Saturday, 17 December 2011

Movie review: π (Pi) [1998] by Darren Aronofsky

the term is over and the review for 'film studies elective' handed in. just wanted it to be here, cause Pi is my very favourite film of all time!

Pi is a psychological thriller with elements of science fiction, written and directed by Darren Aronofsky. Pi is his first full-length movie that earned him the Directing Award at the 1998 Sundance Film Festival. It was ‘inspired by Shinya Tsukamoto’s Tetsuo – The Iron Man (1988) and the comic books of Frank Miller (“Sin City” in particular)’ (The Wallflower Critical Guide to Contemporary North American Directors, 2000, p. 21). Film tells a story of a genius mathematician, Maximillian Cohen, who leads a secluded life and obsessed with finding the underlying numerical pattern behind the global stock market.
Pi is a very atmospheric film. It follows protagonist through the part of his life and actually tries to make the viewer feel like Max does. He suffers from head-splitting migraine attacks and hallucinations. The fast cutting editing, super close-ups, constant camera moving, “Snorri-Cam” are just some of the techniques used in film to put a viewer in main character’s shoes. Darren Aronofsky gives his way of working with jump cuts and sound effects a name of hip-hop montage (Interview with Darren Aronofsky by Jeffrey M. Anderson) making an interesting point on existence of “hip-hop art – graffiti, 
<...> hip hop dance – breakdancing, <...> hip-hop music – rap”, but not hip-hop film. It’s interesting to note, that one of the best known scenes with the use of fast cutting is the shower scene in Alfred Hitchcock’s film Psycho (1960). I think that the opening scene of Pi actually recalls the ending shot of the shower scene.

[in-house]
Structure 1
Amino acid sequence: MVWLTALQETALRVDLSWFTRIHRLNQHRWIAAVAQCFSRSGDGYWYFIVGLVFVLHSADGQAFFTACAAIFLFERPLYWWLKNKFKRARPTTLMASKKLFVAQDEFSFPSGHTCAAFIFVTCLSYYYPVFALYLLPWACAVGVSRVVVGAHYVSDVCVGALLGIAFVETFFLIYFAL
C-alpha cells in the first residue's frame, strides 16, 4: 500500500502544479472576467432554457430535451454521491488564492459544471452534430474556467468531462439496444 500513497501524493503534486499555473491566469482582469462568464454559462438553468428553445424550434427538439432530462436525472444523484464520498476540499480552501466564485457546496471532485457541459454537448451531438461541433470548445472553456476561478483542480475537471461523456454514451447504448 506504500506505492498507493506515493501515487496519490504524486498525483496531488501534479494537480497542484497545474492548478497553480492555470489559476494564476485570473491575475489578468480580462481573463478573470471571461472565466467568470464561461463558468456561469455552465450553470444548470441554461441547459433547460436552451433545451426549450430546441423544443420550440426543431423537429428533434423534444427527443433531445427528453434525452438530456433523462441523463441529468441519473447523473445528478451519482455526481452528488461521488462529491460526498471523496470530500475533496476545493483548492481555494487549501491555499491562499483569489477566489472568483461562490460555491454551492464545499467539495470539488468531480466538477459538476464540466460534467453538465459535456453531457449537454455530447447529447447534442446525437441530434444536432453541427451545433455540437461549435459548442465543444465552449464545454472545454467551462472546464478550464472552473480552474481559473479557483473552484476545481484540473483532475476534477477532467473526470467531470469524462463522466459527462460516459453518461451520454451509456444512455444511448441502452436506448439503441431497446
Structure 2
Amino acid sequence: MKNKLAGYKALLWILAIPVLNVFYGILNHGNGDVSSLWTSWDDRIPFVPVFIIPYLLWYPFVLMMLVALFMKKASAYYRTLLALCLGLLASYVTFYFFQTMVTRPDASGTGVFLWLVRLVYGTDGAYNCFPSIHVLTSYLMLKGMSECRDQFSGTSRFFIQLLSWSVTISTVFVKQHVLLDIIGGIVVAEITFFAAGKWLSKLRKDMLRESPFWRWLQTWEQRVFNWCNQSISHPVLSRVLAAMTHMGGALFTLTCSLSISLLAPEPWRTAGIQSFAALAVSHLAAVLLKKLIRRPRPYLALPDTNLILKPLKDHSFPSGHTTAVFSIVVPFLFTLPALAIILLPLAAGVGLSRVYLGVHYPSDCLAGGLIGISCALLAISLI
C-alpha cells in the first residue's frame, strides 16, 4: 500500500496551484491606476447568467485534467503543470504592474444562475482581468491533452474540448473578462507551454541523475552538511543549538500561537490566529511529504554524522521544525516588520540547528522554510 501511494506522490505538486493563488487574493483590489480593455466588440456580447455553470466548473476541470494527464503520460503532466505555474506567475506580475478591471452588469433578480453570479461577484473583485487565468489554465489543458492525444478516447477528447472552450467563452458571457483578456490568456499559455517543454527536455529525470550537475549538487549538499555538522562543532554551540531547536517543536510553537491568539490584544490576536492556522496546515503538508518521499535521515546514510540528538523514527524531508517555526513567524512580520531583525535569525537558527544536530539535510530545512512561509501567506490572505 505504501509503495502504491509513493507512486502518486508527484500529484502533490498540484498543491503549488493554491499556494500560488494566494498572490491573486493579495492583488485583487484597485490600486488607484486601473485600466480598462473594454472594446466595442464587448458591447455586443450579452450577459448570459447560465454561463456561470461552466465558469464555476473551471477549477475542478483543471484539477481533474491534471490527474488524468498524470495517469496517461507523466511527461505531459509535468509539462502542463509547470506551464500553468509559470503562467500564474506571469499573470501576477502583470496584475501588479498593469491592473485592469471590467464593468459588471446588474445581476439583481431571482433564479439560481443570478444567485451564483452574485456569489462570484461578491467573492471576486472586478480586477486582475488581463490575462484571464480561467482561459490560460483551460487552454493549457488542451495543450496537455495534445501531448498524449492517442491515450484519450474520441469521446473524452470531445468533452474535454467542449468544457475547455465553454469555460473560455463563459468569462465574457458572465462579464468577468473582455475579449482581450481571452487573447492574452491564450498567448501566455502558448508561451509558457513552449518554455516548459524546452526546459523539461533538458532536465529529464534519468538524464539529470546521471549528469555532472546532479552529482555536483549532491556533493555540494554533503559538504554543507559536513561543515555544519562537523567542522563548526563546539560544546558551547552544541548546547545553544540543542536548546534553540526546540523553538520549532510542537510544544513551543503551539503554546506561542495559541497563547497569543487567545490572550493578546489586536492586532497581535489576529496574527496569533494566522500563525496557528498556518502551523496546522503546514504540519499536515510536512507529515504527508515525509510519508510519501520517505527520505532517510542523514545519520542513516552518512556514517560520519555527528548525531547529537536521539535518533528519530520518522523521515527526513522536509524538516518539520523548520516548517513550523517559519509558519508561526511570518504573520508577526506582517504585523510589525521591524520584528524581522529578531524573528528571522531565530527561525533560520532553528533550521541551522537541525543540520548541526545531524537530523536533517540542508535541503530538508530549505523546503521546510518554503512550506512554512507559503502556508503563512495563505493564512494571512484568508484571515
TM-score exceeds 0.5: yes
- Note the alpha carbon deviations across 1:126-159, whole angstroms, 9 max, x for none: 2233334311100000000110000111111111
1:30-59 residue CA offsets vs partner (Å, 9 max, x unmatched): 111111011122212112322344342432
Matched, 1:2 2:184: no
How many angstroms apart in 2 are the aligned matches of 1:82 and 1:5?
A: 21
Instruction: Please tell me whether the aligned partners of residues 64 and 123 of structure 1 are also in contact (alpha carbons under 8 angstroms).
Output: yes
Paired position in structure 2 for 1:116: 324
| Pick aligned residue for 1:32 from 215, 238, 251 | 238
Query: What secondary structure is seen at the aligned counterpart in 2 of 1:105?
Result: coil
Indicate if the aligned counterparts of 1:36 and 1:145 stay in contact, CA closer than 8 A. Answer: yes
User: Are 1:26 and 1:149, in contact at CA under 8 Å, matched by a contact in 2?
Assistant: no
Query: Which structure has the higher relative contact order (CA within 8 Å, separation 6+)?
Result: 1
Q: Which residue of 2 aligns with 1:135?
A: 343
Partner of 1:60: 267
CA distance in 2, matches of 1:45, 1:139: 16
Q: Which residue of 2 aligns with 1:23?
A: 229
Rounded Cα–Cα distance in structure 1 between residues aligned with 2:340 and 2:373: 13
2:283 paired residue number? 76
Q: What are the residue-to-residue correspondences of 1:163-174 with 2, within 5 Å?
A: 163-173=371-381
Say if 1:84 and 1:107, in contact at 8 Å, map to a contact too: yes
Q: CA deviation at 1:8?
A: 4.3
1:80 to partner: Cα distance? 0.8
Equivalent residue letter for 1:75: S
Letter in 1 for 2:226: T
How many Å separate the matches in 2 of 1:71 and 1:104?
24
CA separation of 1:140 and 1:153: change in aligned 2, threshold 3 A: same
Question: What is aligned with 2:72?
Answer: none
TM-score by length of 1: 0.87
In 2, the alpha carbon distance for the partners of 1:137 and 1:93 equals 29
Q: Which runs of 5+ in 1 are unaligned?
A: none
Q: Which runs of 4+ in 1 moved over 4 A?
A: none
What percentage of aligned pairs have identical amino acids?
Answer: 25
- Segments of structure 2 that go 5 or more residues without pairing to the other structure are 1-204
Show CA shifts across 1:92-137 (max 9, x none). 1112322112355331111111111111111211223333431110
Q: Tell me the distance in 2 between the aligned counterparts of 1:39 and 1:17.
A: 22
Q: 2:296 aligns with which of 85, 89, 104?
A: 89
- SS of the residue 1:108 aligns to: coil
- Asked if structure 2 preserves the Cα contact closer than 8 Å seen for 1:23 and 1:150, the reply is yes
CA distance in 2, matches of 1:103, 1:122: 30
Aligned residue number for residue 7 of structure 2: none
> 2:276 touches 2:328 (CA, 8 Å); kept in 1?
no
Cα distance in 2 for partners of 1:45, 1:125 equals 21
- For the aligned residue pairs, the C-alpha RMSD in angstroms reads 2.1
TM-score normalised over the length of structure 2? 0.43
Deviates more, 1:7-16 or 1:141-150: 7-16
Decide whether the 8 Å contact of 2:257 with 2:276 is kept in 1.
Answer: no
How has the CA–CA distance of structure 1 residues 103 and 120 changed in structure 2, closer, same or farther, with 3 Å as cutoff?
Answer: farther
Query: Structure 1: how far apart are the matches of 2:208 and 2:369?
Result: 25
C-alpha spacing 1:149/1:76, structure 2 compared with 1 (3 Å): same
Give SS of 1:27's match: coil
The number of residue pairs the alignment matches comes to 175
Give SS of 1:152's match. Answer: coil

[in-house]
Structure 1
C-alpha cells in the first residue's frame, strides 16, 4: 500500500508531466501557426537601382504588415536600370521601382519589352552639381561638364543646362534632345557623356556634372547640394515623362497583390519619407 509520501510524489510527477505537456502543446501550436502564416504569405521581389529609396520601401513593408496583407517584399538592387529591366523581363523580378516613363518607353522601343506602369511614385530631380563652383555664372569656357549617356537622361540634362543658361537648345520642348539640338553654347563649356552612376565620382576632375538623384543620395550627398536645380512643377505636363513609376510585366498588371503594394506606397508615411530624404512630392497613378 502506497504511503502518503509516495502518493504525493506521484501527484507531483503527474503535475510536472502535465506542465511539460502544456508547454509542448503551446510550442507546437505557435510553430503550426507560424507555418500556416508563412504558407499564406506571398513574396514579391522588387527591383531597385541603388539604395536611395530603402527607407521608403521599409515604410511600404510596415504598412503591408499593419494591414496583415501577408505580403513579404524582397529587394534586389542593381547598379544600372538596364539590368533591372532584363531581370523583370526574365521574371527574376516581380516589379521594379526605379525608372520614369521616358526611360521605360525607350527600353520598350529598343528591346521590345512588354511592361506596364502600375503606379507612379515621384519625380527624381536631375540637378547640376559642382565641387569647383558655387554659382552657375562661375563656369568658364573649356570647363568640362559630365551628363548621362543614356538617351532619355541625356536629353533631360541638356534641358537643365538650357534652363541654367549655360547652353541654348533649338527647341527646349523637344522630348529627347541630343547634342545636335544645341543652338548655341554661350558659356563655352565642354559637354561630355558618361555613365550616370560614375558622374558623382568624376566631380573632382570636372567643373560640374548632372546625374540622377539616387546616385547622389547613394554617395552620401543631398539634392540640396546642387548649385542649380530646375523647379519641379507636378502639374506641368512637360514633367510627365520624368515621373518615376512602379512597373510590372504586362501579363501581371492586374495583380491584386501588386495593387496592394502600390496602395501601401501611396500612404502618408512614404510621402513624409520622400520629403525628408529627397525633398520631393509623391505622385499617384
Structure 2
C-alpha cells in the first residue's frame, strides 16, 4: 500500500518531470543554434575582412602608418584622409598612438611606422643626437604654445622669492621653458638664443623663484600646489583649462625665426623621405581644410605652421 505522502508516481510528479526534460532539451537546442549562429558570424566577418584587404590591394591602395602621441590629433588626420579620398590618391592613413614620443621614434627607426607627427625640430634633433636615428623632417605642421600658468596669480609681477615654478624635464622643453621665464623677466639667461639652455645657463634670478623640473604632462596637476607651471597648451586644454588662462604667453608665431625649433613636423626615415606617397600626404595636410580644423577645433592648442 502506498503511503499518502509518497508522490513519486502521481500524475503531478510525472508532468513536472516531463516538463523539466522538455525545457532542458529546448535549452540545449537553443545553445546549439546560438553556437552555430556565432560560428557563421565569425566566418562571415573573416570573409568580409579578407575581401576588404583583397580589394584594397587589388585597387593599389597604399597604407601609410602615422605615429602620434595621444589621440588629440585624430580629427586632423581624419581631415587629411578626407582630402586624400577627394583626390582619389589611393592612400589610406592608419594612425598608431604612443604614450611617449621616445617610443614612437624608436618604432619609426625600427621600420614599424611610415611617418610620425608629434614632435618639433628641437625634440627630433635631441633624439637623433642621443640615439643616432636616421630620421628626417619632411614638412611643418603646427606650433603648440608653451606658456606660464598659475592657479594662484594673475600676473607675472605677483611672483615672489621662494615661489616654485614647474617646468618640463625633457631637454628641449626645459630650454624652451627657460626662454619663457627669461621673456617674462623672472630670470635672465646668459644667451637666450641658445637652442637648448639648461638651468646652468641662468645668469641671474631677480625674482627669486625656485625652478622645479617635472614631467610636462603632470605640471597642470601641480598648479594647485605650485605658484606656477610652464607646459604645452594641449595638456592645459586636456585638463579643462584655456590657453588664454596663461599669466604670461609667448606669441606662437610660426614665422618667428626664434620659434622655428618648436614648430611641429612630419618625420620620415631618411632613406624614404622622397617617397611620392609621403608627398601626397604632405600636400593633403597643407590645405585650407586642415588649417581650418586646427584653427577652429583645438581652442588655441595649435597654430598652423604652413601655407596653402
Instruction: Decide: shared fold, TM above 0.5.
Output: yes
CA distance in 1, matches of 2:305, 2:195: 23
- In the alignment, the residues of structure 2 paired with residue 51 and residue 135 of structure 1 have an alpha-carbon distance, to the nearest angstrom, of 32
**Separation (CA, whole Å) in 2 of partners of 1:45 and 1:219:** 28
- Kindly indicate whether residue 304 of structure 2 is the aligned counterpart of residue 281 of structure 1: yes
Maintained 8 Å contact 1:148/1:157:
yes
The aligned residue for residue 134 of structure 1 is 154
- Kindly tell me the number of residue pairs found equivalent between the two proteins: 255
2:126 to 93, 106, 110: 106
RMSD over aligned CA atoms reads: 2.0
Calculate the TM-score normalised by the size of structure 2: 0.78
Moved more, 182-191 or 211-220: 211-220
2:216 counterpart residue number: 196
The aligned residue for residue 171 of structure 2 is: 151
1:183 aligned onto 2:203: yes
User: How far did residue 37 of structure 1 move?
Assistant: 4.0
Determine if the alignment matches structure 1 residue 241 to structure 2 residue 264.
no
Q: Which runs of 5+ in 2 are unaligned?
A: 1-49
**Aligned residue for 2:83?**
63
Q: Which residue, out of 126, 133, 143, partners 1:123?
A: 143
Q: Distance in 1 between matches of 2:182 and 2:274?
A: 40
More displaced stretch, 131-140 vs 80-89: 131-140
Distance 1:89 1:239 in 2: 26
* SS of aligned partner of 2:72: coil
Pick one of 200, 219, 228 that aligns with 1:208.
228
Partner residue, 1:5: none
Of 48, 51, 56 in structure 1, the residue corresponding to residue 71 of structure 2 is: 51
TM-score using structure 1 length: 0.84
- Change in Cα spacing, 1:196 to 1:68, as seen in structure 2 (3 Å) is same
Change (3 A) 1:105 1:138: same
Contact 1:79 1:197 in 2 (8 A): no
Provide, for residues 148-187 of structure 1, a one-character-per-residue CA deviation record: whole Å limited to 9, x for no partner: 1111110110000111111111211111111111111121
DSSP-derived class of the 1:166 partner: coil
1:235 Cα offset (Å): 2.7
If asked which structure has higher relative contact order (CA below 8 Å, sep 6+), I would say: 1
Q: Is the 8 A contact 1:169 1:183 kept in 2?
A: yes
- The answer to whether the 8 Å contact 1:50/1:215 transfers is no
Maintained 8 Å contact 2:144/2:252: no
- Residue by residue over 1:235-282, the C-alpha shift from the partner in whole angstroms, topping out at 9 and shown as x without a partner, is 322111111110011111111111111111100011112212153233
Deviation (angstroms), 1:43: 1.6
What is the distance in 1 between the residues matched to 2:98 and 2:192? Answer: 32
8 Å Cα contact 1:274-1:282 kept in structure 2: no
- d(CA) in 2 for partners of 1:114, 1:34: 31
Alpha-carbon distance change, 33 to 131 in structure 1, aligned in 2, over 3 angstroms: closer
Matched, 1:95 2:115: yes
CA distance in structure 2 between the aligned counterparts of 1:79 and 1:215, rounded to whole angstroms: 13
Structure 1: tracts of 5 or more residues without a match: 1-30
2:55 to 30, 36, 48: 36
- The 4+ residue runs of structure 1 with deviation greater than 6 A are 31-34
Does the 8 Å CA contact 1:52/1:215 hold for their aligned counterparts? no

The movie is shot in grainy black-and-white 16 mm film. The picture is rather black or white, without gray tones. The film is dark but lights are slightly overexposed. It not only sets the mood but quite literally describes protagonist’s relationship with the light. At the very beginning we hear the story from his childhood, where he temporary loses his vision after looking at the sun. I think Max believes it to be some sort of enlightenment. It is worth mentioning that a lot of things in film are actually black and white – the monitor of his computer-Euclid, the Go game that he plays with his mentor, Sol Robeson, newspapers with stock results and the mathematical schemes Max draws.
Max doesn’t have a lot of acquaintances. The most close who he has to a friend is his mentor, who suffered a stroke and gave up on his research afterwards. Max can’t understand this because of his own obsession.
It is interesting how the main characters vary from what we used to see in films. The representation of care and love in film is Devi, Indian neighbour of Max. A cruel and materialistic Marcy Dawson, Wall Street businesswoman, and religious fanatic Lenny Meyer, Jewish numerologist, are trying to take advantage of Cohen.
In spite of Pi being a low-budget film, Aronofsky spends money on expensive mikes as he considers sound one of the most important components in films. It also was his first collaboration with Clint Mansell (English musician, composer, and former lead singer and guitarist of the band Pop Will Eat Itself) who in my opinion has done an amazing job. They’re working together a lot since then.
Director leaves us with quite a mysterious ending that makes us wonder if Max gave up on science like his mentor did. A lot of people take the 'drilling hole in the head' scene at the end quite literally. I prefer to think of it as a metaphor.
No matter what, you should remember, ‘Mathematics is the language of nature. Everything around us can be represented and understood through numbers. If you graph the numbers of any system, patterns emerge. Therefore, there are patterns everywhere in nature.’

The Wallflower Critical Guide to Contemporary North American Directors, 2000
Interview with Darren Aronofsky by Jeffrey M. Anderson

review by Kira Slepchenkova


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